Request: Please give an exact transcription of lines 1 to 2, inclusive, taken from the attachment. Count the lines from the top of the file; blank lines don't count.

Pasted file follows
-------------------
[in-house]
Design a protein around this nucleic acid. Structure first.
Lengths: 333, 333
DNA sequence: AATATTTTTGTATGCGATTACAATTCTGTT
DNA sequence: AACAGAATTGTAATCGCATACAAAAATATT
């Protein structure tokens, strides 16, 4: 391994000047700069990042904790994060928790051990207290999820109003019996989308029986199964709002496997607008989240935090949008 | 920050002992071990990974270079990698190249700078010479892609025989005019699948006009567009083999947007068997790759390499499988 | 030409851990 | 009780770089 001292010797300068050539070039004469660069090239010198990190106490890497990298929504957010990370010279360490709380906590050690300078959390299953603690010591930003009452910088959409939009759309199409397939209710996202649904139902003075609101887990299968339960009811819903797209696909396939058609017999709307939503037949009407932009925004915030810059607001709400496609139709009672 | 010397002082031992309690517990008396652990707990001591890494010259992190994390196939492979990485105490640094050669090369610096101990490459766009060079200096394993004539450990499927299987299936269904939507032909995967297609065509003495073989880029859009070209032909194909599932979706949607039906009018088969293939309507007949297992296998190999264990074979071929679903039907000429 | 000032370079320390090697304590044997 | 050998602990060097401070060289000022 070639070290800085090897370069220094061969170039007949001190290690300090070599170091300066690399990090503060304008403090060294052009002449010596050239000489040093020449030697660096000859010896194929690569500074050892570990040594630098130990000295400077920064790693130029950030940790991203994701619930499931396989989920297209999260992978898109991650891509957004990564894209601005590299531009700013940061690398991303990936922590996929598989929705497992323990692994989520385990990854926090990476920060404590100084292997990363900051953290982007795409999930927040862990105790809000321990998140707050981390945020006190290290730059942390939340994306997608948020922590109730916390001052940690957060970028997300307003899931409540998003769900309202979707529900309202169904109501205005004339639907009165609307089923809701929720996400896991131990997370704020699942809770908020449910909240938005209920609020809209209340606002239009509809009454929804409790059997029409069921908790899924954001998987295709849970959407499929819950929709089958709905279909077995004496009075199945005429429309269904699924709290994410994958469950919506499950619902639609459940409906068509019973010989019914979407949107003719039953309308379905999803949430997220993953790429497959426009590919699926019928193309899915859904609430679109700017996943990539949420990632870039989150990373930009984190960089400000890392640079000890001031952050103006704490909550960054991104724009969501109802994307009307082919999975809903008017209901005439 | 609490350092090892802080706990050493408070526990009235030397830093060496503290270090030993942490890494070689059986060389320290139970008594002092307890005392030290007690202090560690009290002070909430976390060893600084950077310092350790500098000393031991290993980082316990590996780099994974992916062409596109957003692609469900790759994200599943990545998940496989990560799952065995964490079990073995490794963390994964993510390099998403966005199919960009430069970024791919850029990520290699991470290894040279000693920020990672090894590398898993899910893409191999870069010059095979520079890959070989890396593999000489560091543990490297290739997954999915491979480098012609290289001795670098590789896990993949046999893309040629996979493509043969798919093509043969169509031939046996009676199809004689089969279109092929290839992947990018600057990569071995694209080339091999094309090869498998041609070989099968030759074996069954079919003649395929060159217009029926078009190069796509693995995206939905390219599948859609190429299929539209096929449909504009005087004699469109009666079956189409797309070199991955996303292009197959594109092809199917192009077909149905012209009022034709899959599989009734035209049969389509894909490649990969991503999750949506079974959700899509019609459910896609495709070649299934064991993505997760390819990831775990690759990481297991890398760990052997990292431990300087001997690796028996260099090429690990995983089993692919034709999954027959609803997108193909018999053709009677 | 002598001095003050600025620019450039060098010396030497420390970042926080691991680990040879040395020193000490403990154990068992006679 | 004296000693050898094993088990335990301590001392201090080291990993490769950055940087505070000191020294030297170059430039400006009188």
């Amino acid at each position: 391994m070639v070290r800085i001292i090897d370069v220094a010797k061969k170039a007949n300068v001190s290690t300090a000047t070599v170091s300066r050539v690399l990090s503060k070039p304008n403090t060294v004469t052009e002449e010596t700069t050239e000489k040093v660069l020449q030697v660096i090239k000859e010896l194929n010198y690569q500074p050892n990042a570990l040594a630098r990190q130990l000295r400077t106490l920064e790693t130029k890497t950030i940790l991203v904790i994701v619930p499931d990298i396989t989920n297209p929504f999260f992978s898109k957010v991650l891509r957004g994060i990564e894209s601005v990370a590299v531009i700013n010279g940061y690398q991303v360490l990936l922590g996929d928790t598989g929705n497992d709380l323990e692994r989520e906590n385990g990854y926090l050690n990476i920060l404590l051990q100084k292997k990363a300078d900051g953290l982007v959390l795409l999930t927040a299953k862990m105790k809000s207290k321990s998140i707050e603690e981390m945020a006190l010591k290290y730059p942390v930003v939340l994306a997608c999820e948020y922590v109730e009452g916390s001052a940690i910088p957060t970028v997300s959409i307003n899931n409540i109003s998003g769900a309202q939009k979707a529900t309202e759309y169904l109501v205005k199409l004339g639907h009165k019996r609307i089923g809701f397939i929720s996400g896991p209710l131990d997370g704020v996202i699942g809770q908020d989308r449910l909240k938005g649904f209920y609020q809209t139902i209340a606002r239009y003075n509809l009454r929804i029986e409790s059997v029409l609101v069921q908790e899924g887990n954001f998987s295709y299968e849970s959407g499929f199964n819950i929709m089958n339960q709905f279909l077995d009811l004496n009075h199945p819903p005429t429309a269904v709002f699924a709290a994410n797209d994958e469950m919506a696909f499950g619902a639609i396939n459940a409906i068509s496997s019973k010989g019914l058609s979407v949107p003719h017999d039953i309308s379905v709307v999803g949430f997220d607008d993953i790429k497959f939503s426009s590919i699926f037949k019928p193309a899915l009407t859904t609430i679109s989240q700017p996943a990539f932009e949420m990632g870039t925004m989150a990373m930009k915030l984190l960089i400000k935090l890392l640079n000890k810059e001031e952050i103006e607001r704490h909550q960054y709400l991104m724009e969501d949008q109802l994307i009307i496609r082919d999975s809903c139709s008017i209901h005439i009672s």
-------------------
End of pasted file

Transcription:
[in-house]
Design a protein around this nucleic acid. Structure first.